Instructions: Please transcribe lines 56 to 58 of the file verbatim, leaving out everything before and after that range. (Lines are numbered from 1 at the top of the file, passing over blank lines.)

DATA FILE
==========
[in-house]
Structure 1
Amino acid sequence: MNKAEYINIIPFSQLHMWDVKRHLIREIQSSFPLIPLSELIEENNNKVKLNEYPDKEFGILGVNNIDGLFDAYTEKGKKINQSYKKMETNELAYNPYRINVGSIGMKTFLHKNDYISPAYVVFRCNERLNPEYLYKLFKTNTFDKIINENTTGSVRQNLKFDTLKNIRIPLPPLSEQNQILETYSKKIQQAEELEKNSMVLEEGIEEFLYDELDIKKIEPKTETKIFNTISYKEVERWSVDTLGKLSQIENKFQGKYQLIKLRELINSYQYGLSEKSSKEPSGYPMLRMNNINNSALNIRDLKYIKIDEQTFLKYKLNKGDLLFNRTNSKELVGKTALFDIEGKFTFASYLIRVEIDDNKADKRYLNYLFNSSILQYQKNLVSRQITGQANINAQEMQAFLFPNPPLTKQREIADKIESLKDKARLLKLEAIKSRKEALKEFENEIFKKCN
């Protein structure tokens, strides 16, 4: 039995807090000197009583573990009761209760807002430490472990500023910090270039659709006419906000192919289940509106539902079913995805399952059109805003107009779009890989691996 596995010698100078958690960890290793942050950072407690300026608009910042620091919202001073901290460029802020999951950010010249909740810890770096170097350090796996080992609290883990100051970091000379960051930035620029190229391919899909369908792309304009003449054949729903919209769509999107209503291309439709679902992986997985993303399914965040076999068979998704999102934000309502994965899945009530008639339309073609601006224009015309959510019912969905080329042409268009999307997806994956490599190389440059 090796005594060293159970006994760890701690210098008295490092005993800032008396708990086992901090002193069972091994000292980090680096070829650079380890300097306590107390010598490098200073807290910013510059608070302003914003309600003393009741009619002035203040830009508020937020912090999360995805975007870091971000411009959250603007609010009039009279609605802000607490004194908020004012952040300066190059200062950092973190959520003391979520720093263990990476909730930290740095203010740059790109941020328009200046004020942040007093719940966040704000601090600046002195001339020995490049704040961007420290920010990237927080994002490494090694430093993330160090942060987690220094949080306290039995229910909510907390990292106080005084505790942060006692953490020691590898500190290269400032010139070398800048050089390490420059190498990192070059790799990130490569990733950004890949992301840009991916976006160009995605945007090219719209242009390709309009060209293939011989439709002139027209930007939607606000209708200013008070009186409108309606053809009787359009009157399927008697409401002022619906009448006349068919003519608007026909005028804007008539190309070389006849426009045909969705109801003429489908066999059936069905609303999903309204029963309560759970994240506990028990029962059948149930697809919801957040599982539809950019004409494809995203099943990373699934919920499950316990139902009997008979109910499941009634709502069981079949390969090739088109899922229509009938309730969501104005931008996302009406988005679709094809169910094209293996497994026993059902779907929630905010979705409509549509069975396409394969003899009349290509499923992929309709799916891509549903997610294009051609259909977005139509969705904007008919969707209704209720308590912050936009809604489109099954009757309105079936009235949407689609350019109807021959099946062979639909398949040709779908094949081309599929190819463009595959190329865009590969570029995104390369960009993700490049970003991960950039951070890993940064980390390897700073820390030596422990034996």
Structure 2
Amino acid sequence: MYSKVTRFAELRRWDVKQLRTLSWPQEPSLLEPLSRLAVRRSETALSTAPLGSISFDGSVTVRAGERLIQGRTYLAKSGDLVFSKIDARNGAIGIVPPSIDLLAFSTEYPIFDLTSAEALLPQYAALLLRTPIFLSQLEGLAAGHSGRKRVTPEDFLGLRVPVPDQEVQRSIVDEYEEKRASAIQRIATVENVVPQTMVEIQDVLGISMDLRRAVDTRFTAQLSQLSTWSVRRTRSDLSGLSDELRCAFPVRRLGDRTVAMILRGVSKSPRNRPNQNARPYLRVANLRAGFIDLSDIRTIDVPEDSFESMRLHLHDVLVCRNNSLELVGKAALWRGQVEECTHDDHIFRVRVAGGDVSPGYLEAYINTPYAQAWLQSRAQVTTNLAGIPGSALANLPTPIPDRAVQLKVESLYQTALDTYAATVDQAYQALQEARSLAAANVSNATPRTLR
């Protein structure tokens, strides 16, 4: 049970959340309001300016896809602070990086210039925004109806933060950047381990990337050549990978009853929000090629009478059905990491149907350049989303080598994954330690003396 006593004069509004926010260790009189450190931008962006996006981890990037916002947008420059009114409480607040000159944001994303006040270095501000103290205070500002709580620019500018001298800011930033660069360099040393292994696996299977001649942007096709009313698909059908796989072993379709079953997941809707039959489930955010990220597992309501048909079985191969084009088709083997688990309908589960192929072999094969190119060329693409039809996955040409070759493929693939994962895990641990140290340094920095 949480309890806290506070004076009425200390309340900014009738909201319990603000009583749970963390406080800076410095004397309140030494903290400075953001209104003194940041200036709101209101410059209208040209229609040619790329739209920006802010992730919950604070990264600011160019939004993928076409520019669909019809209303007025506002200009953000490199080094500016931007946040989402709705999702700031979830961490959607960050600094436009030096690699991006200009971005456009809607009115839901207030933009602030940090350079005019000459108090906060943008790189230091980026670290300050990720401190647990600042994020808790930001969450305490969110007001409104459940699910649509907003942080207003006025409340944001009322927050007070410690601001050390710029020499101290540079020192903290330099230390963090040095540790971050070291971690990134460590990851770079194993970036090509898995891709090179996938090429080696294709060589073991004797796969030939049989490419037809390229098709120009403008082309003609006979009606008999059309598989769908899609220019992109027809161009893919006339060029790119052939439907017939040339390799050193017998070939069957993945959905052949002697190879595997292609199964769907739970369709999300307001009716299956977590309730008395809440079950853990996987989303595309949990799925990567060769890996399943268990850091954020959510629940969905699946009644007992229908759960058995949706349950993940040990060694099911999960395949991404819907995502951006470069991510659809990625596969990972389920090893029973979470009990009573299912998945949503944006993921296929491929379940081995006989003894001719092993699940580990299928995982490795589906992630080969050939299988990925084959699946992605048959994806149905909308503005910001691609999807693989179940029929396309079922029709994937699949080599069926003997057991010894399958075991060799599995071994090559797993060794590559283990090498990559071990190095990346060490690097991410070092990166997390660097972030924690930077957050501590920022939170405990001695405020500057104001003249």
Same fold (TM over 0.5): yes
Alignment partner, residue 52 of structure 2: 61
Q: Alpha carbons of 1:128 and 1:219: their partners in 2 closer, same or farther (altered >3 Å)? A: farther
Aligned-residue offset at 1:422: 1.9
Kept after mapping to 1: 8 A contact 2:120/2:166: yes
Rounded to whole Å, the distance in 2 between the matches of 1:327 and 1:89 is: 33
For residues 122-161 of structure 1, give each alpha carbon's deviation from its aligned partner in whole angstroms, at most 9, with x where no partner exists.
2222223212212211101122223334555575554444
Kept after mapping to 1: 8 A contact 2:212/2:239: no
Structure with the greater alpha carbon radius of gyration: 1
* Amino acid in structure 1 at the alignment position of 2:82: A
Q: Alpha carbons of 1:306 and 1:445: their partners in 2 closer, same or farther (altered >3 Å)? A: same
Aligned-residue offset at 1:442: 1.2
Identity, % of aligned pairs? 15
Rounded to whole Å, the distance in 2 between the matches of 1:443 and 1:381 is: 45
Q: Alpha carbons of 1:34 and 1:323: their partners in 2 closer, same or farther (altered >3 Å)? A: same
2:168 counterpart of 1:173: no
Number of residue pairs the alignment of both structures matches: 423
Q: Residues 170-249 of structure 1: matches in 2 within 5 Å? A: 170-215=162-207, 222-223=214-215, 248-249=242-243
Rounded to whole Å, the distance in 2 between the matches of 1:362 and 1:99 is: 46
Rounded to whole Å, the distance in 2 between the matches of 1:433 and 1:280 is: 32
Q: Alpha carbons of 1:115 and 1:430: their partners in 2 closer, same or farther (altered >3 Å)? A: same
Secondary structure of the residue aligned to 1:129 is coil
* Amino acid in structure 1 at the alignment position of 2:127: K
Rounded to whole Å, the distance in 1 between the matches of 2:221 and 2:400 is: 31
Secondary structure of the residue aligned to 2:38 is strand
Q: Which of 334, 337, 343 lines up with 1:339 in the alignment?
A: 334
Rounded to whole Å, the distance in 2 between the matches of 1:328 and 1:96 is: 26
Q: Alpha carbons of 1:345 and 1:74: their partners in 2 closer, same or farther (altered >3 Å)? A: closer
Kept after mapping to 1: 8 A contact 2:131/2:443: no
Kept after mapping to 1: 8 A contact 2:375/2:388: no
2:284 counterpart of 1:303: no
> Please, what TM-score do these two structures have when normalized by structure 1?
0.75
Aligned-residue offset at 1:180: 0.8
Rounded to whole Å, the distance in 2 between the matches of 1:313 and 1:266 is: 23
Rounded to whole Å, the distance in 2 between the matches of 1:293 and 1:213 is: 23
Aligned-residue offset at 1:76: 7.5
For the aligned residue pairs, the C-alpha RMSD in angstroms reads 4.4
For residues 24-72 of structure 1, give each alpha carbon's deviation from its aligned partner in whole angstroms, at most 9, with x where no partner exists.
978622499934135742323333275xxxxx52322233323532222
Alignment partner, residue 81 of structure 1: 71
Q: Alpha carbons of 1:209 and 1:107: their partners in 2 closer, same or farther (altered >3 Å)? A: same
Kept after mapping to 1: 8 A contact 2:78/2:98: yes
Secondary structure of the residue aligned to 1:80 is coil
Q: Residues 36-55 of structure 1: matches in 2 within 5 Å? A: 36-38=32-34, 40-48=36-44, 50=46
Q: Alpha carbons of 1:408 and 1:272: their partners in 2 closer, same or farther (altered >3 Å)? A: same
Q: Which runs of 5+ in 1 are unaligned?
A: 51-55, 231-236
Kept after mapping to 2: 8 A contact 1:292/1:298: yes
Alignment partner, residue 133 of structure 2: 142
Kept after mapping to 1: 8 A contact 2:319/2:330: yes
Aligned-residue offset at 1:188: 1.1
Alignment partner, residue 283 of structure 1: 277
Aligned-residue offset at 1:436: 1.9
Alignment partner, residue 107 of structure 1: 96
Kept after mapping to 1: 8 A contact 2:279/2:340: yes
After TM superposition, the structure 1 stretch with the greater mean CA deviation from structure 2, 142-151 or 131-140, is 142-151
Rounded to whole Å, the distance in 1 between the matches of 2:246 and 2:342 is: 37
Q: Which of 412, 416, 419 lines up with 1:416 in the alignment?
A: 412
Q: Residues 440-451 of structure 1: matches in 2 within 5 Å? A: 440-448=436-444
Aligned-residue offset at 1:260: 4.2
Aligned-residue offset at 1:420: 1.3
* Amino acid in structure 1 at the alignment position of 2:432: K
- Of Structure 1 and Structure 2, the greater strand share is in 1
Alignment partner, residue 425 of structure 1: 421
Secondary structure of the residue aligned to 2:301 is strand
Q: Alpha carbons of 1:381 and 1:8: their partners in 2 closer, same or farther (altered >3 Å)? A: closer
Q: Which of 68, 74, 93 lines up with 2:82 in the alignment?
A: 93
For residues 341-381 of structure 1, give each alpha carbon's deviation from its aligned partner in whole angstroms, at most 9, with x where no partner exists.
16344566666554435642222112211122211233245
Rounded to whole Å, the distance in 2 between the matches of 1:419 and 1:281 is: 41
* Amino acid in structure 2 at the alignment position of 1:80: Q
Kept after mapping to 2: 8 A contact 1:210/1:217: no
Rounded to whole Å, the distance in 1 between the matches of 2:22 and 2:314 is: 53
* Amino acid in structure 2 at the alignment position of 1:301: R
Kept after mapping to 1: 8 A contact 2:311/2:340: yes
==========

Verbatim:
Q: Which runs of 5+ in 1 are unaligned?
A: 51-55, 231-236
Kept after mapping to 2: 8 A contact 1:292/1:298: yes